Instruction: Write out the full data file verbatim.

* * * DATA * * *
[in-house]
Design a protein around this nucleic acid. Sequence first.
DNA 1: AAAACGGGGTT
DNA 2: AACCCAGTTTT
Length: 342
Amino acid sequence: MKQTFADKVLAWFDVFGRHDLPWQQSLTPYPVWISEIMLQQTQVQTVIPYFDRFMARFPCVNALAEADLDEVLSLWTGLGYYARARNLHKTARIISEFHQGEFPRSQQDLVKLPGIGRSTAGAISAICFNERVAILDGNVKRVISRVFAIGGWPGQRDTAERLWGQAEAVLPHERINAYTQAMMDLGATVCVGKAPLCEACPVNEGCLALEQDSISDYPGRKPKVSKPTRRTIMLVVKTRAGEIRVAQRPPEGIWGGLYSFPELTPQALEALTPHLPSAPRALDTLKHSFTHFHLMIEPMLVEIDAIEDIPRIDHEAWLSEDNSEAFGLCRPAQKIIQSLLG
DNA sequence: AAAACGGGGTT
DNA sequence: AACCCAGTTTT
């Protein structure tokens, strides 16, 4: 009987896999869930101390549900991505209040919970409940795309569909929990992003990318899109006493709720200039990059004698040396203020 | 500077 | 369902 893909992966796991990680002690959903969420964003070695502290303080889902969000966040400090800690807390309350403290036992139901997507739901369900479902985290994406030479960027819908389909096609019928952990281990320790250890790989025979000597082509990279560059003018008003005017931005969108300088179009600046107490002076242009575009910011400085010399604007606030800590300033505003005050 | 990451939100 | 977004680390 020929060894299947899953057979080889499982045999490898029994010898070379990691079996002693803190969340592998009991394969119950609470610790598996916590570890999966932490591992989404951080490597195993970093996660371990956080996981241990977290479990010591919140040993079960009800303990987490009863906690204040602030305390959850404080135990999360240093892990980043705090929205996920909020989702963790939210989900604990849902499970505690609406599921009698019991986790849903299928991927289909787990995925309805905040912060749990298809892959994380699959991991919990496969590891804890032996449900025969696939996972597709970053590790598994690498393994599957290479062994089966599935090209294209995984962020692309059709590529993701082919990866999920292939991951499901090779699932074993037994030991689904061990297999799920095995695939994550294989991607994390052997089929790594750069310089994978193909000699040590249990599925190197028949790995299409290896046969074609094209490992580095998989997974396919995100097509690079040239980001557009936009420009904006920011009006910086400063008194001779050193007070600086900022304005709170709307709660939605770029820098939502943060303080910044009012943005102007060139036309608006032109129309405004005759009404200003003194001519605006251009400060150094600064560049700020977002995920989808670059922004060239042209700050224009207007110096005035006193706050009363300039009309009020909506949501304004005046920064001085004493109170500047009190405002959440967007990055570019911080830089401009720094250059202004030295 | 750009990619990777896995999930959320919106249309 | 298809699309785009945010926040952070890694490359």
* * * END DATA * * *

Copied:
[in-house]
Design a protein around this nucleic acid. Sequence first.
DNA 1: AAAACGGGGTT
DNA 2: AACCCAGTTTT
Length: 342
Amino acid sequence: MKQTFADKVLAWFDVFGRHDLPWQQSLTPYPVWISEIMLQQTQVQTVIPYFDRFMARFPCVNALAEADLDEVLSLWTGLGYYARARNLHKTARIISEFHQGEFPRSQQDLVKLPGIGRSTAGAISAICFNERVAILDGNVKRVISRVFAIGGWPGQRDTAERLWGQAEAVLPHERINAYTQAMMDLGATVCVGKAPLCEACPVNEGCLALEQDSISDYPGRKPKVSKPTRRTIMLVVKTRAGEIRVAQRPPEGIWGGLYSFPELTPQALEALTPHLPSAPRALDTLKHSFTHFHLMIEPMLVEIDAIEDIPRIDHEAWLSEDNSEAFGLCRPAQKIIQSLLG
DNA sequence: AAAACGGGGTT
DNA sequence: AACCCAGTTTT
């Protein structure tokens, strides 16, 4: 009987896999869930101390549900991505209040919970409940795309569909929990992003990318899109006493709720200039990059004698040396203020 | 500077 | 369902 893909992966796991990680002690959903969420964003070695502290303080889902969000966040400090800690807390309350403290036992139901997507739901369900479902985290994406030479960027819908389909096609019928952990281990320790250890790989025979000597082509990279560059003018008003005017931005969108300088179009600046107490002076242009575009910011400085010399604007606030800590300033505003005050 | 990451939100 | 977004680390 020929060894299947899953057979080889499982045999490898029994010898070379990691079996002693803190969340592998009991394969119950609470610790598996916590570890999966932490591992989404951080490597195993970093996660371990956080996981241990977290479990010591919140040993079960009800303990987490009863906690204040602030305390959850404080135990999360240093892990980043705090929205996920909020989702963790939210989900604990849902499970505690609406599921009698019991986790849903299928991927289909787990995925309805905040912060749990298809892959994380699959991991919990496969590891804890032996449900025969696939996972597709970053590790598994690498393994599957290479062994089966599935090209294209995984962020692309059709590529993701082919990866999920292939991951499901090779699932074993037994030991689904061990297999799920095995695939994550294989991607994390052997089929790594750069310089994978193909000699040590249990599925190197028949790995299409290896046969074609094209490992580095998989997974396919995100097509690079040239980001557009936009420009904006920011009006910086400063008194001779050193007070600086900022304005709170709307709660939605770029820098939502943060303080910044009012943005102007060139036309608006032109129309405004005759009404200003003194001519605006251009400060150094600064560049700020977002995920989808670059922004060239042209700050224009207007110096005035006193706050009363300039009309009020909506949501304004005046920064001085004493109170500047009190405002959440967007990055570019911080830089401009720094250059202004030295 | 750009990619990777896995999930959320919106249309 | 298809699309785009945010926040952070890694490359």